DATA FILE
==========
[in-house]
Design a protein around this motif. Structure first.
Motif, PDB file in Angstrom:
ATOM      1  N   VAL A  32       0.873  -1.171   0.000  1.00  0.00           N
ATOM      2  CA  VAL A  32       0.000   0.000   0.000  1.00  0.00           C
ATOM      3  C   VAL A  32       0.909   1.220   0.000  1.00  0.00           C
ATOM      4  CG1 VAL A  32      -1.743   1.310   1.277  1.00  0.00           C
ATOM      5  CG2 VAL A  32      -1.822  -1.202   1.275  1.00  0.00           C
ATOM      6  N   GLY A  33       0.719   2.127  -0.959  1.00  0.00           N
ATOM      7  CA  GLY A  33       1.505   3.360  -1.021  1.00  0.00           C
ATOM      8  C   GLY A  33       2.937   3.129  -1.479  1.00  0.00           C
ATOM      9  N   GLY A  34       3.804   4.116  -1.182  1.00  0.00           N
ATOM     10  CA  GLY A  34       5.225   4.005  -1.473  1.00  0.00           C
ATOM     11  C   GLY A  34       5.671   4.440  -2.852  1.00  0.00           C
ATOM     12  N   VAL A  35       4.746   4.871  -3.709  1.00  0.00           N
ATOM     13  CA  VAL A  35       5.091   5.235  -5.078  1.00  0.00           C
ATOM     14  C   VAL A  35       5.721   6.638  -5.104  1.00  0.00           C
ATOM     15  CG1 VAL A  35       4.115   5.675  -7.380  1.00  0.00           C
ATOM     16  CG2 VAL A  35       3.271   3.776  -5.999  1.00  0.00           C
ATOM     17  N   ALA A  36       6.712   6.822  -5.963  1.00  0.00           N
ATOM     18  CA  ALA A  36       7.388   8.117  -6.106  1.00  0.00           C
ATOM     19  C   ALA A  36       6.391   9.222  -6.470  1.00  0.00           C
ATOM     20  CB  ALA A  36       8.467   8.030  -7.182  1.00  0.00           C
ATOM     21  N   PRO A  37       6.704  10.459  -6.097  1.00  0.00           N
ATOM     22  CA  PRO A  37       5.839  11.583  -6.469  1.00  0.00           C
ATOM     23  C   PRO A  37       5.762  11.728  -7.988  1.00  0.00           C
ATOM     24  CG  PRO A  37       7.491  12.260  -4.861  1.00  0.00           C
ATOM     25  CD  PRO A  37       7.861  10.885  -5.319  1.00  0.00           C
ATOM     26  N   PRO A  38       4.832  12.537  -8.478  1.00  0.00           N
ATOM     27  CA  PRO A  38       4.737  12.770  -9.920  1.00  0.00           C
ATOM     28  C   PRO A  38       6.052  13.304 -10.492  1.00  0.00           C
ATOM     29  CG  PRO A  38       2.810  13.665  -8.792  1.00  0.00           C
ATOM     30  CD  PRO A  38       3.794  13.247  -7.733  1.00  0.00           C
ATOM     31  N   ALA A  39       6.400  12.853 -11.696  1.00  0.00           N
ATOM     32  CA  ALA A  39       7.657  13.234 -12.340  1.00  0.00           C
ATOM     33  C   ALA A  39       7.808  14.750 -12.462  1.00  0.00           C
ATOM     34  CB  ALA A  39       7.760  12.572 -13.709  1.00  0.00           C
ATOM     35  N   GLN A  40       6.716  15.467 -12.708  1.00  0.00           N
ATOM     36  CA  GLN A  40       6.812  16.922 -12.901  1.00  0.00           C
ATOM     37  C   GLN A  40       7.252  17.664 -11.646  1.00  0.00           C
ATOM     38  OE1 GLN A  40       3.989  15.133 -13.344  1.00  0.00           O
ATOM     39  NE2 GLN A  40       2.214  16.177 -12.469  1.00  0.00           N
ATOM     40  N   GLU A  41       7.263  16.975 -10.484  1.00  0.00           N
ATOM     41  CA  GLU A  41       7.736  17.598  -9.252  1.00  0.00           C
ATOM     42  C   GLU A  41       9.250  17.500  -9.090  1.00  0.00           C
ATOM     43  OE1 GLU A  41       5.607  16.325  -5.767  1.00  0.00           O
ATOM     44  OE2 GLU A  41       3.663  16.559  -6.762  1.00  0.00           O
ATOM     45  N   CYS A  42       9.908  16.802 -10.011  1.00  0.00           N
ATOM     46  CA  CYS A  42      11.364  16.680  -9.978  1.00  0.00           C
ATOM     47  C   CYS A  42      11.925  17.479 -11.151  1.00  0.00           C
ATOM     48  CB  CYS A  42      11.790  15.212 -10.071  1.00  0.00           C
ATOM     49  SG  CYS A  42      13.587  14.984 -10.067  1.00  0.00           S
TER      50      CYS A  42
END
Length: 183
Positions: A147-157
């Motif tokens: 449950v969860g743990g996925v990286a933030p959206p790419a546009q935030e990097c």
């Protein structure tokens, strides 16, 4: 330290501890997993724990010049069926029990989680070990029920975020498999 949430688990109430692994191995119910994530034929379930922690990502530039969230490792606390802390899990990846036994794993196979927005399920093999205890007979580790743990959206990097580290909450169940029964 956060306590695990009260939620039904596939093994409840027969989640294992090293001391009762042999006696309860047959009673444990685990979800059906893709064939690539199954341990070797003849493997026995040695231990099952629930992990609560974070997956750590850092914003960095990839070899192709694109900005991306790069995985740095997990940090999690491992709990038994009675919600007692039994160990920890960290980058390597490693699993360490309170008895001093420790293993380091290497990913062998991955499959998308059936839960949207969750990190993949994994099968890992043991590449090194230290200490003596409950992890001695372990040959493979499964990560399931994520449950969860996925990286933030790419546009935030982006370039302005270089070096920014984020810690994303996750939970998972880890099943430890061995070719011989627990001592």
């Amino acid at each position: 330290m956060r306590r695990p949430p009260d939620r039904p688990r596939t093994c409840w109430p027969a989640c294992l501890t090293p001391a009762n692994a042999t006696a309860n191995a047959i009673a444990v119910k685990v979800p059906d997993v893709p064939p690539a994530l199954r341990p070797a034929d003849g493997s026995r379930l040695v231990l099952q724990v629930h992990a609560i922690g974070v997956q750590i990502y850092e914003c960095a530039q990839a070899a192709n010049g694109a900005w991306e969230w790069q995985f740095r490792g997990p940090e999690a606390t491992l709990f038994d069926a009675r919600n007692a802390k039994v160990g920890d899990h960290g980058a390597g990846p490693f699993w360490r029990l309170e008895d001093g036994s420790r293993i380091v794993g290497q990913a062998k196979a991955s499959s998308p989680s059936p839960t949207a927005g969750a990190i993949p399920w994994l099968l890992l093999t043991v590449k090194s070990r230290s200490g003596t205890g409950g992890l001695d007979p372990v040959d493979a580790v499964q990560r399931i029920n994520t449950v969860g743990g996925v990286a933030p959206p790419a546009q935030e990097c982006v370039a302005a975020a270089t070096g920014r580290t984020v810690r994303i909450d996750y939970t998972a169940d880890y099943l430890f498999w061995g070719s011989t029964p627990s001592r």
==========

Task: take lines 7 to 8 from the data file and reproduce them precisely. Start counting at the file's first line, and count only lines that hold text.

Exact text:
ATOM      4  CG1 VAL A  32      -1.743   1.310   1.277  1.00  0.00           C
ATOM      5  CG2 VAL A  32      -1.822  -1.202   1.275  1.00  0.00           C